At a glance:
- Implicit media endorsements make you stand out from the competition.
- It's not advertising; it's building credibility.
- Maximize your exposure by posting it on your Web site and sharing it via social media.
A college of mine, who's a former newspaper reporter, tells a story about a savvy attorney she knew. He'd tip her off whenever he had a particularly juicy case if she promised to include his name along that of his client in her story. Whether he won the case or lost it, people remembered his name and associated him with high-profile cases. He'd figured out that having his name in the paper bought him something no amount of advertising could: credibility.
For anyone trying to build a business, sell a product or get their book into the hands of more consumers, the implicit endorsement that comes from being interviewed by the media is what I call "marketing gold."
Let me explain. Thanks to the Internet, you and every competitor you have, big or small, have the same chance to reach your potential consumers. So, what makes one business, one product or book more appealing than another? It's endorsements from the media that make you stand out. Let's face it – if USA Today has chosen to review your book, or refer to it in an article, it gives reason to believe there's something special about it. If a doctor is quoted in the news about solutions to a particular health issue you're dealing with – your instinct will be to check out him and his product first, because the media must consider him an authority to have quoted him.
When the media recognizes that you have something important to say, you gain credibility. This is the marketing gold I'm referring to: the endorsements from TV and radio show hosts, the editorial coverage in newspapers and magazines – and now, bloggers, news Web sites and followers on social media too. All these forms of recognition give others confidence you're as good as you say you are. But, it's upon you to use this "gold" as a critical part of your marketing to let people know these endorsements exist.
The return on investment usually is not immediate, which can be frustrating to people who expect a surge in business or a spike in sales with every media interview. That used to happen more often in the old days – I'm talking way back in the '90s – when a radio talk show host may chat with you for 30 or 60 minutes and newspapers had twice as many pages to fill. It became apparent that when a client's message was clearly addressed an urgent public problem, along with their expertise and solution-oriented content, they could hit the jackpot.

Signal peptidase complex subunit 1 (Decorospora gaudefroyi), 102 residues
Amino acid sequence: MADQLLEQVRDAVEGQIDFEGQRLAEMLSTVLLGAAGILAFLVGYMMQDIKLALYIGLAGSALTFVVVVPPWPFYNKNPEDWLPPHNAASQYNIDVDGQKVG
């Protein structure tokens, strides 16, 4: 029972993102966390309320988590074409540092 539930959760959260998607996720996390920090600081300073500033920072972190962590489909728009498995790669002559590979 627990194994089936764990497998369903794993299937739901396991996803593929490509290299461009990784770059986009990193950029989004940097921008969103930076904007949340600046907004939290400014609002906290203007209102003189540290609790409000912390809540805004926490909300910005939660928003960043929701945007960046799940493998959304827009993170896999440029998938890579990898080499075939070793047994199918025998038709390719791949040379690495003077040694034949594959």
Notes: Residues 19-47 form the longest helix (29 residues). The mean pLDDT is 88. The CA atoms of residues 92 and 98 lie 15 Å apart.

From January to April, an IRS expert who spoke of resolutions to IRS problems or gave on-air tips on how to prevent IRS abuses would always see a huge jump in book sales. Or, the health expert, who got on the air during flu season and explained why his health program would make them feel better faster would sell a ton of product.
But the old days are gone and here we are in 2012. Today's talk radio interviews are brief – 7 to 10 minutes in the larger markets – and newspapers have no space for full feature stories on interesting entrepreneurs and writers. There are far fewer opportunities to grab an audience for a significant length of time.
So how do you grow your investment in PR? Marketing your media exposure is a strategy that pays big dividends over time – but requires an effort from you.
- Your Web site should prominently display your endorsements: "As seen on CBS," "featured in the Louisville Gazette," "hear on WFLA radio."
- Do not forget to mention the media coverage to your Twitter followers and Facebook fans, too. The third-party endorsement will help you build more contacts, because people like knowing who the experts are and following them.
- Use the media you've obtained to help you gain more TV, radio and print exposure. It serves as credibility for journalists as well and they will be more likely to want to interview you if you've already been vetted by other media professionals.
- Let your personality shine online and respond to journalists and followers alike with interesting commentary and insights – not pleas to buy your book or product.
Yes, it takes work, a strong theme and a message that resonates. But if you invest wisely, you'll grow rich in marketing gold.